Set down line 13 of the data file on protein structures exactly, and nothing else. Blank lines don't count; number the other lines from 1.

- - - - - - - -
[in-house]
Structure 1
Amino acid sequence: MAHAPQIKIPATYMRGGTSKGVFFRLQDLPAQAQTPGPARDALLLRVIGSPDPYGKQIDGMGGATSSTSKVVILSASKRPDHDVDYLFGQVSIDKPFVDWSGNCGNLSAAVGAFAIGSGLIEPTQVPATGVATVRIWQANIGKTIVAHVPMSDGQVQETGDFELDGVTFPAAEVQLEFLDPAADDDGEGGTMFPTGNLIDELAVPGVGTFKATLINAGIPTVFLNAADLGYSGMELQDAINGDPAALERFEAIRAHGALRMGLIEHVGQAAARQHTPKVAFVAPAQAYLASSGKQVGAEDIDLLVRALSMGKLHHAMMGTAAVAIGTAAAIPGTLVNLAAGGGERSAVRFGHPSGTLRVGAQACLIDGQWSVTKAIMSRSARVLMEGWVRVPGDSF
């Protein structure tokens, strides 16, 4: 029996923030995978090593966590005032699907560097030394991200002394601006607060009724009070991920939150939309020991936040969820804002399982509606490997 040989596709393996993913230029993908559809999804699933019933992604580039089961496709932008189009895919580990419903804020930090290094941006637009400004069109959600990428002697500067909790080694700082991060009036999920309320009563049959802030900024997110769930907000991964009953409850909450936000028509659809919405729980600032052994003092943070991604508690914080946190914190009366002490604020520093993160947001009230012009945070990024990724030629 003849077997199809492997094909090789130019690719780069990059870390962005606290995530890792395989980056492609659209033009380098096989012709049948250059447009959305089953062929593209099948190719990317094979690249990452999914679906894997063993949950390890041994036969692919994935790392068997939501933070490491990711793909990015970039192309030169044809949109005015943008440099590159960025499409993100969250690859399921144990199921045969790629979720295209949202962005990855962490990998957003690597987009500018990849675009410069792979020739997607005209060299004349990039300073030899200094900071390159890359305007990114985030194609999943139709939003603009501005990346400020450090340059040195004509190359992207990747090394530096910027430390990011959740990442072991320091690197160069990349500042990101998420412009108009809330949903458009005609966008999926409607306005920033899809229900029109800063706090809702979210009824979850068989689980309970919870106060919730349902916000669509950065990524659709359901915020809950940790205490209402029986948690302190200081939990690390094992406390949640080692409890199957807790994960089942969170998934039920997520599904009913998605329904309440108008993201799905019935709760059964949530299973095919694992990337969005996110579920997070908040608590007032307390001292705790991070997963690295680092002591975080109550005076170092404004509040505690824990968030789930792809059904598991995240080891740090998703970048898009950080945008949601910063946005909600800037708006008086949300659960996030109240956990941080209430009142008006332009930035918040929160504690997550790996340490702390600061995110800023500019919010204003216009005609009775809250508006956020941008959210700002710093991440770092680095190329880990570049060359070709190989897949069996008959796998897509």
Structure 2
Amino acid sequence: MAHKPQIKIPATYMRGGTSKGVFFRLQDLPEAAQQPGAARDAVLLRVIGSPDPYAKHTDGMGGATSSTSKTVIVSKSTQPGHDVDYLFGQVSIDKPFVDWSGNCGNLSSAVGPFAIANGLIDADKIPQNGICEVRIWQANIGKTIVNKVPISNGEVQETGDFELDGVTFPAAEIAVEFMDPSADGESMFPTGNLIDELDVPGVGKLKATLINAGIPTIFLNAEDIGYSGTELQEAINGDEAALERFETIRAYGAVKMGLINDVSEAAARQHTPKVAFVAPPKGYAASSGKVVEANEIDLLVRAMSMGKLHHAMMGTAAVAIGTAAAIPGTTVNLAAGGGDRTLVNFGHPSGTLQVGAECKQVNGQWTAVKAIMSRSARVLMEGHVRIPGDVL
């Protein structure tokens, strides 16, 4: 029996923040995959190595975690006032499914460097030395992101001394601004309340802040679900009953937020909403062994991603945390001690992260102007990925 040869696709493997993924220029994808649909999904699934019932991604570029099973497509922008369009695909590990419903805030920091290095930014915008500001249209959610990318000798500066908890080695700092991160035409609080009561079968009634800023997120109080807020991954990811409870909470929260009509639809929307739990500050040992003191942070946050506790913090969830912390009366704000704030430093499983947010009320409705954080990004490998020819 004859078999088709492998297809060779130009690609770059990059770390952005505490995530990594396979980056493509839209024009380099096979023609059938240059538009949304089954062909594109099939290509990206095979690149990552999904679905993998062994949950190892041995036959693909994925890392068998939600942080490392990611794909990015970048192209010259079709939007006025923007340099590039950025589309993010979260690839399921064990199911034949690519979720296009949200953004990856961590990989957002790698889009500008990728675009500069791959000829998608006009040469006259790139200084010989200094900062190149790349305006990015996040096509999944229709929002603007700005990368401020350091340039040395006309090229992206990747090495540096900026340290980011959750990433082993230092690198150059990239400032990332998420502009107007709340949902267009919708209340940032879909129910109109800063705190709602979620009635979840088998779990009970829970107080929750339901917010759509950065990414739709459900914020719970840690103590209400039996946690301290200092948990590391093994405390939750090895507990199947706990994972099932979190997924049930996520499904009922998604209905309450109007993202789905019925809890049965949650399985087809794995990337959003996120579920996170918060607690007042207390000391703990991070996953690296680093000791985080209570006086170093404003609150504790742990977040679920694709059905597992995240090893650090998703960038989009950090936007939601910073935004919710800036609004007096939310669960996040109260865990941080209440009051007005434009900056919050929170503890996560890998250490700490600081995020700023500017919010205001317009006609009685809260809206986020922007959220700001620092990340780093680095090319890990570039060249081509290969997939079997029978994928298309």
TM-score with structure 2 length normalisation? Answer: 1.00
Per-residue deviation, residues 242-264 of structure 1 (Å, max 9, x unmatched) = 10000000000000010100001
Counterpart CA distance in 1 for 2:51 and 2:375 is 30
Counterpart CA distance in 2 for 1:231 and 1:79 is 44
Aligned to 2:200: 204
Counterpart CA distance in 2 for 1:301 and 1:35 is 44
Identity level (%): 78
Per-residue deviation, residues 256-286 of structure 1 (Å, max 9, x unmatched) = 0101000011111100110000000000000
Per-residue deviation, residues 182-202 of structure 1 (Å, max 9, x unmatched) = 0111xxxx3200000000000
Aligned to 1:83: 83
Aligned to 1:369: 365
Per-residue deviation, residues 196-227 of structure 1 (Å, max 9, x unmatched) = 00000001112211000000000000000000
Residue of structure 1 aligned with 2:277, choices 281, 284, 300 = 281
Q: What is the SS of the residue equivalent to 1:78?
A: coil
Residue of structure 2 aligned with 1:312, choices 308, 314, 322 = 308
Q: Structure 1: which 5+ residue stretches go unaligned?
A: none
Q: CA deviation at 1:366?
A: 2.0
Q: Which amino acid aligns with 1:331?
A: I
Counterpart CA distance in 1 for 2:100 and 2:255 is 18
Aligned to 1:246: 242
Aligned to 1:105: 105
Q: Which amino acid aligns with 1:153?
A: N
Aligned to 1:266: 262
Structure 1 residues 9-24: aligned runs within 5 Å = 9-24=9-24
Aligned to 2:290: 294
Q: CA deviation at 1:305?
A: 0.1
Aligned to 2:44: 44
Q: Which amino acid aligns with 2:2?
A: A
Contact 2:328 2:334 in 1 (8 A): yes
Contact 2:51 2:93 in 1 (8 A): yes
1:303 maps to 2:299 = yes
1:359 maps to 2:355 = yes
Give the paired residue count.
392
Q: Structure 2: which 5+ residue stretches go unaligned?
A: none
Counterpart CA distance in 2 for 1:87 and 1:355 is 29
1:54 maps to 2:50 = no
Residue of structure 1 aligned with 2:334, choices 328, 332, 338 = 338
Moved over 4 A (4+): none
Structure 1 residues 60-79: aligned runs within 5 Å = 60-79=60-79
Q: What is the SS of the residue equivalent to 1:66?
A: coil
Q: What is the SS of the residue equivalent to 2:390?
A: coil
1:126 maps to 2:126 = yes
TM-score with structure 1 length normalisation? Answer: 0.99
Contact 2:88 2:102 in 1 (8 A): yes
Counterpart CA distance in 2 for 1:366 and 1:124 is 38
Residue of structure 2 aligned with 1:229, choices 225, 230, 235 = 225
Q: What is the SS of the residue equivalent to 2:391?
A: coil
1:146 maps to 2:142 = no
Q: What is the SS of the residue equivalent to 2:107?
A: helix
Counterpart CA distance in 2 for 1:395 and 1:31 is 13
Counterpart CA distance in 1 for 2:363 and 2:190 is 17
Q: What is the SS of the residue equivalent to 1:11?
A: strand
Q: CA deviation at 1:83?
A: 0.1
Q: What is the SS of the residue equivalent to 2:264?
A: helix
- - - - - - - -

Counterpart CA distance in 2 for 1:301 and 1:35 is 44